May 20 is the most popular day for newlyweds to register their marriage, accounting for 4,888 registrations so far this year, statistics released yesterday by the Ministry of the Interior (MOI) showed.
It is customary for Taiwanese to be married on auspicious dates and also pick meaningful dates for registration. In the case of May 20, when the date is read as “five-two-zero,” in Mandarin sounds somewhat like “I love you.”
Other popular dates are Feb. 24, which coincides with Valentine’s Day, with 1,512 registrations; and Jan. 1, symbolizing “a new cycle’s beginnings” and “first to lead,” with 1,125 registrations, according to the ministry.
The ministry’s data showed that the average age of Taiwanese women giving birth to their first child has increased by three years over the past decade, but the number of marriages and births remains on the rebound.
Department of Household Registration Deputy Director Jair Lan-pin (???) said women gave birth at the average age of 30.5 last year, up from 27.4 in 2004.
The data also showed Taiwan’s fertility rate — the number of children women are expected to have in their lifetime — has risen in recent years, from 0.9 in 2010 to 1.17 last year.
A total of 136,935 children were born in the first eight months of this year, about 3.4 percent more than during the same period last year.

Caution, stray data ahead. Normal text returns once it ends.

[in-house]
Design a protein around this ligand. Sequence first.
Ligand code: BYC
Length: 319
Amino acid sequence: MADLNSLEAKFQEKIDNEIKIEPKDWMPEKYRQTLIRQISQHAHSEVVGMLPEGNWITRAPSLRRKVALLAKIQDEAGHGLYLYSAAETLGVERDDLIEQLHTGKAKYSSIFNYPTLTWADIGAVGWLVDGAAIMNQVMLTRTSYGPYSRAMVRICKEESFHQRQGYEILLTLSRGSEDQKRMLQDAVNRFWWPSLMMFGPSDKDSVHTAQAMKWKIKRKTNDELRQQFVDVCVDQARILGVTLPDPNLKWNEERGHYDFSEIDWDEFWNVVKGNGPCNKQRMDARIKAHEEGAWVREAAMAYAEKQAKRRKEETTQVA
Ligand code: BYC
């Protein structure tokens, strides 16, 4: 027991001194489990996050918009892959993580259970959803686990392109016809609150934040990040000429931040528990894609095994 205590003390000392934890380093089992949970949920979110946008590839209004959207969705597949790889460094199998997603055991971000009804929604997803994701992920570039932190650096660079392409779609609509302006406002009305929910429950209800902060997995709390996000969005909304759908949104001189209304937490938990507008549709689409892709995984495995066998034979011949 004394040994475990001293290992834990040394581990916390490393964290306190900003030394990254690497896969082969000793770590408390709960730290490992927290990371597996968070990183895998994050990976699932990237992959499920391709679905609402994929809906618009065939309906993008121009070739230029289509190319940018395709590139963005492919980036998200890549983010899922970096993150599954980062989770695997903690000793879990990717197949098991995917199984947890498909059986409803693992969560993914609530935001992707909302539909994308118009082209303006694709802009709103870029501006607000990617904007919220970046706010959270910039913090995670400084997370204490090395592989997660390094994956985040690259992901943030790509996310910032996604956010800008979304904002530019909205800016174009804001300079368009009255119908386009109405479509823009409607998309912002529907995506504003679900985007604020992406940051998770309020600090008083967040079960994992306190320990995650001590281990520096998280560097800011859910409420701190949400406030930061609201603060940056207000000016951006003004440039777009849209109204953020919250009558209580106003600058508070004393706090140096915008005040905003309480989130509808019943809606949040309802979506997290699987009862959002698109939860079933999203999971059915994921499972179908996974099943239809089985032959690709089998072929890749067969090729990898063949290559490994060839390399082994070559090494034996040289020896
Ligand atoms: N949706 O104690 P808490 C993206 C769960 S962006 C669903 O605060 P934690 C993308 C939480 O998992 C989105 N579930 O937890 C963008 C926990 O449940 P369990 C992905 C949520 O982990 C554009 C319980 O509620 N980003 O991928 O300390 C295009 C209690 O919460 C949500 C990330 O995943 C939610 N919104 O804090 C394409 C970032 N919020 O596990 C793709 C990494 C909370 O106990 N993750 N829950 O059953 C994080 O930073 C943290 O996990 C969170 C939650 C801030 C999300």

About 210,000 children are expected to be born this year, which would be about the same as last year and more than in any year from 2005 to 2013 except for 2012.
A total of 98,000 couples were married in the January to August period, up 2.9 percent from last year and on pace for 150,000 marriages for the year as a whole.
The only other year Taiwan has had at least 150,000 marriages since 2004 was 2011, according to ministry figures.
The upswings in the two categories indicate that the government’s efforts to promote births and marriage have begun to yield positive results, Jair said.
After the number of births set a new low for Taiwan of 166,886 in 2010, the government unveiled various incentives to encourage more births and marriages.
The number of new births rose to 196,627 in 2011 and 229,481 in 2012 before falling back to 199,113 in 2013 and then recovering to 210,383 last year.
Taiwan has one of the lowest birth rates in the world, and its society is rapidly aging.
The National Development Council expects Taiwan to become a super-aged society — defined as 20 percent of the population being aged 65 or older — by 2025.